This is my second summer growing the large nicotianas “Mutabilis” and “Alata”. I have also added this year “Crimson Bedder”, which I found on line at Annie’s Annuals. When I bought small plants of the first two in 2020, they formed basal rosettes around a foot wide, and their flower spikes reached three to four feet. Before the freezes , I dug up one “Alata” and four “Mutabilis”. They spent the winter in the great room’s south window and did well. They did not try to bloom, and instead had offshoots that I put in new pots. Soon I had a collection of them.

In mid July the Nicotiana mutabilis plants have basal rosettes two to three feet in circumference. They are as big as big hostas.

The plant pictured above has a double rosette. I cannot imagine how spectacular this will be. I will have to stake it, but that is no problem, and never will I wake up in August to find that the groundhog has eaten it, for it is poisonous.

The above is “Crimson Bedder”, which Annie’s says can reach four feet. These will be coming inside for the winter too.

“Alata” is tall, but less robust, and I am not certain I want it another summer for it is underwhelming alongside the other two-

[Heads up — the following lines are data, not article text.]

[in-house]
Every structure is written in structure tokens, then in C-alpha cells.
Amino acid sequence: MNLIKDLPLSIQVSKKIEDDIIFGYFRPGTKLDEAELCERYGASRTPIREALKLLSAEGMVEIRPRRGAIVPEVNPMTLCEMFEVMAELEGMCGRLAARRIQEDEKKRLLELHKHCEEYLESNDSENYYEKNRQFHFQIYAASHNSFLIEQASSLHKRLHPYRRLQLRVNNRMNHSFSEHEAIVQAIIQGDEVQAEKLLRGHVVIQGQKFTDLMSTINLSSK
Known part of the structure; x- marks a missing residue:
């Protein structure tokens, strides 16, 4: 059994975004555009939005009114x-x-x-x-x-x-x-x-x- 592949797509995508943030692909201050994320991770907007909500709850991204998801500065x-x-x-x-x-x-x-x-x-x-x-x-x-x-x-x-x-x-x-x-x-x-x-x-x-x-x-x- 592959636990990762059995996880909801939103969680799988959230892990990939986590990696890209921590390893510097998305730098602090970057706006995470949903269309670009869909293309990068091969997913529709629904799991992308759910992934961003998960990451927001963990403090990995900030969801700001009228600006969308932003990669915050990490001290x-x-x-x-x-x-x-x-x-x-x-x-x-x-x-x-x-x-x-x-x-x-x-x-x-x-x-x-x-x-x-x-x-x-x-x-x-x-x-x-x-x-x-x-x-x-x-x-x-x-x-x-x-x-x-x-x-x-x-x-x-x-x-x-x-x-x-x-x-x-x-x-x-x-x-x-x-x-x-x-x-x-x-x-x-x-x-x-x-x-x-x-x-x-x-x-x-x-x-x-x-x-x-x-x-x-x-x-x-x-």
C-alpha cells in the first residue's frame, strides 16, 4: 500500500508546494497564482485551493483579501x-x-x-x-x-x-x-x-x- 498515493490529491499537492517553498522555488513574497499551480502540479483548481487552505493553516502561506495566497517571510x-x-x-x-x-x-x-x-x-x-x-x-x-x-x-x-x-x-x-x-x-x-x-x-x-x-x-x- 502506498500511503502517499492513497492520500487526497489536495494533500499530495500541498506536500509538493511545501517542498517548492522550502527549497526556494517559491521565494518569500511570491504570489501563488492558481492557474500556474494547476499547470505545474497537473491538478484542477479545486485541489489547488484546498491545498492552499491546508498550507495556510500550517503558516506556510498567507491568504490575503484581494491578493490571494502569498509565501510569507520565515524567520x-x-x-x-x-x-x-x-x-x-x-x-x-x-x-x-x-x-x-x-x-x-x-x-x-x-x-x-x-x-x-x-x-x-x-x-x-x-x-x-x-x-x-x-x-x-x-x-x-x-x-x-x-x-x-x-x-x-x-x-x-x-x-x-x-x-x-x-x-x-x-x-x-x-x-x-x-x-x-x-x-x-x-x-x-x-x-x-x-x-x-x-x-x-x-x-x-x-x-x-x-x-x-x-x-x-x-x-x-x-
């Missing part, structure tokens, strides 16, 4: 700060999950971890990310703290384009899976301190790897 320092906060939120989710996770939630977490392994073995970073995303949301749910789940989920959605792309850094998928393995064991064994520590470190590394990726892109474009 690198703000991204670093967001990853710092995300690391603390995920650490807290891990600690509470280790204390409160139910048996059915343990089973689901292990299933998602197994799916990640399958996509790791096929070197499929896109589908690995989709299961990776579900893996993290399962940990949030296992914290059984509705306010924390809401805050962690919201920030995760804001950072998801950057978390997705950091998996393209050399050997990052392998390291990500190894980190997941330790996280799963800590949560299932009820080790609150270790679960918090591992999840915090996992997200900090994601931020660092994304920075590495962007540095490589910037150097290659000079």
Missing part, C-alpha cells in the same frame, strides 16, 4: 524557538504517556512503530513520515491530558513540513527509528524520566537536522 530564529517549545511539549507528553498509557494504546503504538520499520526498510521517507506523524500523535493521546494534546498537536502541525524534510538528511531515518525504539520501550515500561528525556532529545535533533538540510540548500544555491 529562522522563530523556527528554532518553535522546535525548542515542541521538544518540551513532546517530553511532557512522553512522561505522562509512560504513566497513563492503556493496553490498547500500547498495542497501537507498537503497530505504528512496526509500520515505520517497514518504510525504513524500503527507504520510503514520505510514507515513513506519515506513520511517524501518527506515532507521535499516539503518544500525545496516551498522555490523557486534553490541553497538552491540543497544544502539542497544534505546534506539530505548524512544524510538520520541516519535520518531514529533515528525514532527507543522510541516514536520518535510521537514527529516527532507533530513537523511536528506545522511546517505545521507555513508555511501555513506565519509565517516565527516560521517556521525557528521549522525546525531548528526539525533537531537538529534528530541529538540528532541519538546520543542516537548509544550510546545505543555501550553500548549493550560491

I have grown the showy “Only the Lonely” nicotiana, but I found it wanting. It did not bloom long enough and grew shabby. I am certain others have had better luck than I.

Next summer I will be moving the Purple and Pink Dome asters to my sister’s garden, and I will move the phlox as well. They have been decimated by the groundhog.

I have never seen a gray leaved plant chewed up by a groundhog. They go after Aster cordifolius, cosmos, Aster patens, the showy Evening primrose, Aster “Lady in Black, “Kiss me over the Garden gate”, and every phlox they can reach. They don’t eat sedums that I can see, and I have found the following plants bulletproof, at least in my garden-

Salvias, artemesias, hostas, zinnias, persicarias, , daylilies, goldenrods, agastaches, lantanas, cannas, gomphrenas.

I should add that the groundhog will ruin coneflowers by biting off the buds, and they will do the same to the low growing rudbeckias. I have a vegetable garden protected by an electric fence, but how can one protect flower borders. I may try a trap next week, but it must be disabled before dark, or I might be dealing with a skunk. I think it is easier to plant the plants the groundhogs won’t touch. But this is a rural area, and do these animals not have natural predators? My neighbor is one. He has a shotgun, but he will not shoot around granite walls. The other killers would be foxes and coyotes and bobcats. Where are they?

Published by talesofanashvillegardener

Professional gardener, Experimental Cook. Constant Reader

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